112. Memorandum From the President’s Assistant for National Security Affairs (Brzezinski) to President Carter1
- NSC Weekly Report #122
Difficult Choices in Iran. Let me just add the following to our discussions this morning,2 because I know that this matter is very much on your mind.
(1) It may well be that Khomeini cannot be moved by economic pressures in which case military action, which is merely an extension of economic pressure (blockade or mining), will not move him either. In the meantime such action could provoke widespread international reactions against us and thus be self-defeating.
Because of that, we need to consider military actions which contribute to his downfall, and thus secure the release of hostages as a consequence of attaining the other objective: his downfall. I have set up a very small, tightly held group to see whether we could somehow mesh covert political action designed to create an alternative to Khomeini [Page 296] with a series of military steps which contribute to that end. In other words, our military options would not be primarily either punitive or designed to apply economic leverage but would be more deliberately geared to attaining a political objective.
(2) In that connection, I will think further about some forms of military action which give us more direct bargaining leverage. Khomeini is not entirely immune to military threats, as we already know because he apparently was influenced by our very secret threat of November 23.3 You felt strongly today that taking the islands4 would be the wrong course of action, and you may well be right. My only point was that we ought to think of some military steps which have the effect of imposing a protracted humiliation on Khomeini, which can only be terminated through the release of our hostages. Taking some territory, such as the islands, might have that effect; perhaps mining would also; in any case, as above, I will be seeking to define for you some military options which reinforce our political strategy rather than being either retaliatory or merely an extension of economic pressure.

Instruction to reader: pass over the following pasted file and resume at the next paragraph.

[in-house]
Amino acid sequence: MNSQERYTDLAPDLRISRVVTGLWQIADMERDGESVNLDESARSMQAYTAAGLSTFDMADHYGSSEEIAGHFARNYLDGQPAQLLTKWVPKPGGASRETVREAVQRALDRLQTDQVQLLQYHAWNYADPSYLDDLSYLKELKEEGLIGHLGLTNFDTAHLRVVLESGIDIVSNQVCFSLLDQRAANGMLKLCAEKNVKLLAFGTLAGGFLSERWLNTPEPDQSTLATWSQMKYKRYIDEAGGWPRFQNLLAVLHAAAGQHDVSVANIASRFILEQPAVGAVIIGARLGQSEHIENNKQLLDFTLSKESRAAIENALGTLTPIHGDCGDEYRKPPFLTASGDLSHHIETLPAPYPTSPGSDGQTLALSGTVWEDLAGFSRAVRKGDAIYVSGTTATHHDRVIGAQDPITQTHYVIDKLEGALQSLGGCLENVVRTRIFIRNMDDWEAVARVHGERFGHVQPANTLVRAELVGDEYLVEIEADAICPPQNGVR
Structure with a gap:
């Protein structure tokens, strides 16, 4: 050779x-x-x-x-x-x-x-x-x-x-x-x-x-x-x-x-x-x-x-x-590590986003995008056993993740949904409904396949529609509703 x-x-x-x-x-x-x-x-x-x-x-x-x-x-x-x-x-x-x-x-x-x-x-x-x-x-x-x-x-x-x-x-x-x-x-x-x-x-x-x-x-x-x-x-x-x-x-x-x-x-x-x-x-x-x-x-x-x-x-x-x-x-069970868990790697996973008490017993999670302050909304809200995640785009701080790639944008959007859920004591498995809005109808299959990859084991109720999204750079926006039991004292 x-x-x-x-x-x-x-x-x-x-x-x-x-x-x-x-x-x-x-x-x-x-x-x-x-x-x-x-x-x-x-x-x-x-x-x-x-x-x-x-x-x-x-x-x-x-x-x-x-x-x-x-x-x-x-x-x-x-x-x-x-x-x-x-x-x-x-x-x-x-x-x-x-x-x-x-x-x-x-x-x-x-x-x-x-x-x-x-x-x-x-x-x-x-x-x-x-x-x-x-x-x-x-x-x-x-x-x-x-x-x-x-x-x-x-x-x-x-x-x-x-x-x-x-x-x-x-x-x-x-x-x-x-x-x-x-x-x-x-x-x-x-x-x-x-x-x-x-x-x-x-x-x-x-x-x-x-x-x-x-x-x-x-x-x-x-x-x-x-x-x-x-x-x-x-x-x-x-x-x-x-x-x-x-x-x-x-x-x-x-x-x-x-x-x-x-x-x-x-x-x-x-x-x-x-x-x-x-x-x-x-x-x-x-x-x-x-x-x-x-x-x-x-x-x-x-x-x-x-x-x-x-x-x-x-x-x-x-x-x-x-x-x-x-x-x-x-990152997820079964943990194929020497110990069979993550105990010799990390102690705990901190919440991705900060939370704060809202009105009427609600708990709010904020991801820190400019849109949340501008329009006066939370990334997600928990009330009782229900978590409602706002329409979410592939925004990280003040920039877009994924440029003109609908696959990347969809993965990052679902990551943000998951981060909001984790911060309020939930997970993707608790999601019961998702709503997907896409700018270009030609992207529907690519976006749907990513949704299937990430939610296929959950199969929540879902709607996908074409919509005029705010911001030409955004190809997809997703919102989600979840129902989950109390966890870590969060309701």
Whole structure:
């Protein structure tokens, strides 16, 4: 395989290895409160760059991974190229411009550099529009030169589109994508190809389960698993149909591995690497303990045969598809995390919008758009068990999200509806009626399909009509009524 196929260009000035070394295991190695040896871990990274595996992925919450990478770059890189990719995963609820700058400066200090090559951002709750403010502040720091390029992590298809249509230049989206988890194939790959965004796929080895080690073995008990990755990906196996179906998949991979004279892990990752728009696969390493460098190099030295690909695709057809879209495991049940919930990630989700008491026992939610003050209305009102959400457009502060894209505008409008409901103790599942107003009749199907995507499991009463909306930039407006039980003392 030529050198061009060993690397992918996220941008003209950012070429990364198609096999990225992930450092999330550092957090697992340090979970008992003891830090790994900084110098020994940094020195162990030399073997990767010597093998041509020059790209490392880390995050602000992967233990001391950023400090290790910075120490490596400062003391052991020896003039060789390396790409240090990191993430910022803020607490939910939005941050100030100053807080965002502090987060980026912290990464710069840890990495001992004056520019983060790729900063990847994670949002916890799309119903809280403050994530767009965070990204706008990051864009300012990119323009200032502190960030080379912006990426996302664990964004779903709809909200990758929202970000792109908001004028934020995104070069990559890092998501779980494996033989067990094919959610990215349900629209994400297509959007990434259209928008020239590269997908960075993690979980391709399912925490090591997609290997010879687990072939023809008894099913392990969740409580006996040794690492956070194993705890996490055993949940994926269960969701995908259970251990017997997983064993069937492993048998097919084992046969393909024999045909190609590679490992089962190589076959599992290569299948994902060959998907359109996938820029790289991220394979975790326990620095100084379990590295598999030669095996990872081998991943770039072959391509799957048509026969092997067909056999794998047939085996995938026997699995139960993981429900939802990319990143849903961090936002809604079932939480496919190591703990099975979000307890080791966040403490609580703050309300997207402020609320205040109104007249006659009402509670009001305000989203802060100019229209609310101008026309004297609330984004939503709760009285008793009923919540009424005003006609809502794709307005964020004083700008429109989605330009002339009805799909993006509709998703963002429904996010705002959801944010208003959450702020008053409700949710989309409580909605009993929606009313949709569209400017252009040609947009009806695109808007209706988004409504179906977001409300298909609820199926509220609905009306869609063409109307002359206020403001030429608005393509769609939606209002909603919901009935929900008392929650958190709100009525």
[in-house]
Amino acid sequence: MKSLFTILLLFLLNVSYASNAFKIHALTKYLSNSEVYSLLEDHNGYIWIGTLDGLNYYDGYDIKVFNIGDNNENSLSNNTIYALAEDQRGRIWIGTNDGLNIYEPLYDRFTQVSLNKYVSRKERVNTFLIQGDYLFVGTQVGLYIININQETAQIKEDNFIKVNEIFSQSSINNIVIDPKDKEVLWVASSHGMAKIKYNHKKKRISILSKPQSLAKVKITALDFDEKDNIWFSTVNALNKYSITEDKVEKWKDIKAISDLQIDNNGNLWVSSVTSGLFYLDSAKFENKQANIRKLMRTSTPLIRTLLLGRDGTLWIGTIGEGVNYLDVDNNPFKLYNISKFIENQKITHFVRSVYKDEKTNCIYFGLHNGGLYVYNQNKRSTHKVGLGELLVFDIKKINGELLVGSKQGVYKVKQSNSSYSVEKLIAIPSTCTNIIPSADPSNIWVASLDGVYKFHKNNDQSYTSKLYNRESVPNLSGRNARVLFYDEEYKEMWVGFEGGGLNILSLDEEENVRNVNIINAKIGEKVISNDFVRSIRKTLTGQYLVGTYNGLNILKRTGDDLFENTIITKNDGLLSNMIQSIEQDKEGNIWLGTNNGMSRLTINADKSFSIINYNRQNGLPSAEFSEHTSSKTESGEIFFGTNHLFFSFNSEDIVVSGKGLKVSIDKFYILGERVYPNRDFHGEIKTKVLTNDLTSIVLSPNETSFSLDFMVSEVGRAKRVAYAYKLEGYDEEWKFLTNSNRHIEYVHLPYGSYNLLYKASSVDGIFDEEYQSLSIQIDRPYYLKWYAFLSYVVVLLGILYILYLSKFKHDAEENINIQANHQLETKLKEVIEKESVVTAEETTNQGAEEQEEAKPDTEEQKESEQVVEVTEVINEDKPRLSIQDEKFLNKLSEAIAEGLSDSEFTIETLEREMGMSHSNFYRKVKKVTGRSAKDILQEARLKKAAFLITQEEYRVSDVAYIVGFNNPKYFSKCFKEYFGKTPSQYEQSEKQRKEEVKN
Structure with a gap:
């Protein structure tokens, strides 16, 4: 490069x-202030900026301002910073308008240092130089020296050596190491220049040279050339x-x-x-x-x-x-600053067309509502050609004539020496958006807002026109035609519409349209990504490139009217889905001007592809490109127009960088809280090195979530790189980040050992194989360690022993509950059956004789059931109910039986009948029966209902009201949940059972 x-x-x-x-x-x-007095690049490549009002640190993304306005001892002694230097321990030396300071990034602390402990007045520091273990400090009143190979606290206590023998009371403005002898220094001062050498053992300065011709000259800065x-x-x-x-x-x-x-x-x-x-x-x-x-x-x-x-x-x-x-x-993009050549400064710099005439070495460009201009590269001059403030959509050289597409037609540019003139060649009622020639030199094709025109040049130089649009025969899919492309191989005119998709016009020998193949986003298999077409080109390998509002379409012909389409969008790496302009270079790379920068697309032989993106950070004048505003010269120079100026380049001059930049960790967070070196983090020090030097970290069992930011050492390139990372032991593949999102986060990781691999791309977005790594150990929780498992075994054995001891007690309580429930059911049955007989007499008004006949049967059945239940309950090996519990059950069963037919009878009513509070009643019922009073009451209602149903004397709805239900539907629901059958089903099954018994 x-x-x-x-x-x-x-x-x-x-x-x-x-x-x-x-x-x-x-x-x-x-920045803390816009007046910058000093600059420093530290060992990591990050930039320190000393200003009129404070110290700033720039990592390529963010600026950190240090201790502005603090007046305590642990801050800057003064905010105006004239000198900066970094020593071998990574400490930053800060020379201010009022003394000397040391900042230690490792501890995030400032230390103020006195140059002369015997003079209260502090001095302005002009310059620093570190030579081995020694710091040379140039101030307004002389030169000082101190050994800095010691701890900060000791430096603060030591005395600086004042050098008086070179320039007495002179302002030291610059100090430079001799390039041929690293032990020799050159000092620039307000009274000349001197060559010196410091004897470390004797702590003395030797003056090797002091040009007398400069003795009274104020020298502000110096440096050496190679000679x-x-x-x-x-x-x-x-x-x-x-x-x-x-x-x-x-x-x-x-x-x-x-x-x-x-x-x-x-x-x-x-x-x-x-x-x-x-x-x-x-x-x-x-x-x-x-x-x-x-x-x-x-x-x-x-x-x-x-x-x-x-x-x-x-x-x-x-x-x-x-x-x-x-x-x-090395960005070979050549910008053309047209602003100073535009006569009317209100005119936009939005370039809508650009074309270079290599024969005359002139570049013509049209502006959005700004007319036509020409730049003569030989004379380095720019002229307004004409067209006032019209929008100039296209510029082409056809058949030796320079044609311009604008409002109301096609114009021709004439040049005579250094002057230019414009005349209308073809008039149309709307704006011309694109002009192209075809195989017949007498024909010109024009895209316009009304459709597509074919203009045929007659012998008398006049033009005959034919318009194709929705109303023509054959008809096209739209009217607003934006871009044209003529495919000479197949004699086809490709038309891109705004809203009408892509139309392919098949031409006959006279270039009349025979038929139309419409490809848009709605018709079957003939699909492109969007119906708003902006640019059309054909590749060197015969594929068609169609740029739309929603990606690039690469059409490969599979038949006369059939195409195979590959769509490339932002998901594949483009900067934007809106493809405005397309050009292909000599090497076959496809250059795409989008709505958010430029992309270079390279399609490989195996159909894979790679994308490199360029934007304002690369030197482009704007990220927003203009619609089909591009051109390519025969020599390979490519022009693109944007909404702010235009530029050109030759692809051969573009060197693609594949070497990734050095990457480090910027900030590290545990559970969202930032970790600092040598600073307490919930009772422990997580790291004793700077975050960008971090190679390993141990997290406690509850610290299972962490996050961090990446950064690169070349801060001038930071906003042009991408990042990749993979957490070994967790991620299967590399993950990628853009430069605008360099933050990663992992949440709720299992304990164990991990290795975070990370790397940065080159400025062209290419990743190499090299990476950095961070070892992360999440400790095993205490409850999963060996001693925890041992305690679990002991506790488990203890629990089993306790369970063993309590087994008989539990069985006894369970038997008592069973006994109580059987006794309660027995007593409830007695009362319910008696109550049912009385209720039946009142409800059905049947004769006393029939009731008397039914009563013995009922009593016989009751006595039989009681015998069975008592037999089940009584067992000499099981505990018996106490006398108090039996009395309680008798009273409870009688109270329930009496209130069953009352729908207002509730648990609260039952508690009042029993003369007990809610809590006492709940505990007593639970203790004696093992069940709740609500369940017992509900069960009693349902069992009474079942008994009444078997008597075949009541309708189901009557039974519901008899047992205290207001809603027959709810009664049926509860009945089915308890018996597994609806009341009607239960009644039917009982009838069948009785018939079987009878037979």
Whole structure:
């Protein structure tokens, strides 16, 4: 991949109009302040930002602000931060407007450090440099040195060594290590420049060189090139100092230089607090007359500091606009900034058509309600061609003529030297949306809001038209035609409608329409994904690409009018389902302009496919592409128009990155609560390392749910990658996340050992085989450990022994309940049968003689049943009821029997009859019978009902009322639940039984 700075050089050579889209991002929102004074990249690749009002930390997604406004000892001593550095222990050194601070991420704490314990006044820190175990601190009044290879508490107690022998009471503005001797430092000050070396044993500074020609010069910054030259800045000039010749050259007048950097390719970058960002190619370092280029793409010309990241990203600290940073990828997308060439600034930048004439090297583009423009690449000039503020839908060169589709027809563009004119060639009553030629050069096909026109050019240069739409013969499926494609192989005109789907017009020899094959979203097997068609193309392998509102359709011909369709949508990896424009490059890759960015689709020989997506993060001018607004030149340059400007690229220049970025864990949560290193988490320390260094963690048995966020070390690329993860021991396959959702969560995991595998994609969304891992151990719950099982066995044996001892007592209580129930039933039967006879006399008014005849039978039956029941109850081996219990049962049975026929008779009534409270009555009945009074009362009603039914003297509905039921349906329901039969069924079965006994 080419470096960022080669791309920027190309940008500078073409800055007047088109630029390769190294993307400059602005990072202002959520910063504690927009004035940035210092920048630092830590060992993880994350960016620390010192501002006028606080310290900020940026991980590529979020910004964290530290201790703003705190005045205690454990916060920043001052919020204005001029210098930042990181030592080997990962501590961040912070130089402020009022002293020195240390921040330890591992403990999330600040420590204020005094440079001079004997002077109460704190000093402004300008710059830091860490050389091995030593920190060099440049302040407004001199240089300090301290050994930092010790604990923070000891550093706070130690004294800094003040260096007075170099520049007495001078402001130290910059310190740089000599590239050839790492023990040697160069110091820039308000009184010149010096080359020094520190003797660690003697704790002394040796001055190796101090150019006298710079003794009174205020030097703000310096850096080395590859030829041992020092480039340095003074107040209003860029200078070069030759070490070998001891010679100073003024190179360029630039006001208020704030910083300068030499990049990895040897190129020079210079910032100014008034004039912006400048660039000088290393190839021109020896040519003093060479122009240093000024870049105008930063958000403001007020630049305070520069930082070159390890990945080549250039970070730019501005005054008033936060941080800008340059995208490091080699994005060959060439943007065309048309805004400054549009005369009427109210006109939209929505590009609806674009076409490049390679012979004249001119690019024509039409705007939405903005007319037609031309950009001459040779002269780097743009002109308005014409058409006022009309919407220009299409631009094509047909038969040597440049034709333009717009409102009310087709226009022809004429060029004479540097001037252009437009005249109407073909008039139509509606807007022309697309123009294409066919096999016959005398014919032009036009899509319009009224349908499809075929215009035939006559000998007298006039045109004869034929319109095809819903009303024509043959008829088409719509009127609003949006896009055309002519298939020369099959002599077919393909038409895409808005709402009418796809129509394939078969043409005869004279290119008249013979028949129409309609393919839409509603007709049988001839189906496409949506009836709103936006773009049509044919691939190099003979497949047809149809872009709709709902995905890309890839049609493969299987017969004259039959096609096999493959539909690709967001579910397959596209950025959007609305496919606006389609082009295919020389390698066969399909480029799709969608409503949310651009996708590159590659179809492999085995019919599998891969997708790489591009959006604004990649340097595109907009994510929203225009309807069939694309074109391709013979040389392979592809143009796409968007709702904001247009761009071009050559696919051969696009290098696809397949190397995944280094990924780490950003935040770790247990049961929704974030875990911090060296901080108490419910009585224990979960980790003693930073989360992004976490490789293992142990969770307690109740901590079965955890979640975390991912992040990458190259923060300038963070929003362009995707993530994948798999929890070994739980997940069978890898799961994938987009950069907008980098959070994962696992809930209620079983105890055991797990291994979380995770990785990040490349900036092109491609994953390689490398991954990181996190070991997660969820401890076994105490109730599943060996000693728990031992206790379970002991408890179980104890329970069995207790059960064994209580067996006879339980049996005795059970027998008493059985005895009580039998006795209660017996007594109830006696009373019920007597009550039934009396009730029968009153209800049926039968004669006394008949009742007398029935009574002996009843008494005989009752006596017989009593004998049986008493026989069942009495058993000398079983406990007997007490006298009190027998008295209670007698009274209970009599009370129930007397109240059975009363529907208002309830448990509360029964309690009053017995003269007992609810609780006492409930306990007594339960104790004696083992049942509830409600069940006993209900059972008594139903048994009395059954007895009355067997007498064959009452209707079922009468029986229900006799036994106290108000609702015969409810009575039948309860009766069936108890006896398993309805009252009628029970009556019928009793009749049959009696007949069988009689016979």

(3) With regard to Iraq, in addition to the military aspects that we discussed this morning, I have checked with Cy Vance, and he agrees with the notion that it might be useful for Jim Schlesinger to pay a personal visit to Iraq early in 1980 and to engage the Iraqi leaders in a wider discussion. I am so informing Schlesinger.
2. Vance-Brown-Brzezinski Luncheon
Cy, Harold and I reached the following decisions at our weekly luncheon today:
—DOD Proposals for Improving Covert Action: In response to a proposal from the Department of Defense, we agreed to establish a screening committee to review, expedite and stimulate better covert action proposals. The Committee will meet prior to SCC meetings and will be authorized to return inadequate proposals to CIA for revision if it deems them inadequate for SCC review. The committee will be composed of David Aaron, Robert Komer and Ronald Spiers. (S)
[Omitted here is information unrelated to the hostage crisis.]
- Source: Carter Library, National Security Affairs, Staff Material, Middle East File, Box 35, Subject File, Iran [Cables & Memos] 11–12/79. Top Secret. Carter wrote “Zbig, C” in the upper right corner.↩
- Carter held a breakfast meeting with Mondale, Vance, Brown, Jordan, Donovan, Cutler, and Brzezinski from 7:30 to 9:09 a.m. on December 21. (Carter Library, President’s Daily Diary) No record of the meeting was found.↩
- See Document 52.↩
- At the bottom of the memorandum, Carter wrote: “We need to list everything that Khomeini would not want to see occur and which would not incite condemnation of U.S. by other nations. Iraqi seizure of the islands is the best example I could come up with. J.” The reference is to Abu Musa and the Tunbs Islands. In a January 4, 1980, memorandum to Brzezinski, Hunter wrote that there were two separate questions: “whether to seek seizure of the islands; and who is best to do it. The answer to the second question will have implications as serious—if not more so over the long-term—as the answer to the first.” He argued that any Gulf state was preferable to Iraq. (Carter Library, National Security Affairs, Staff Material, Middle East File, Box 46, Iraq 1/79–2/80)↩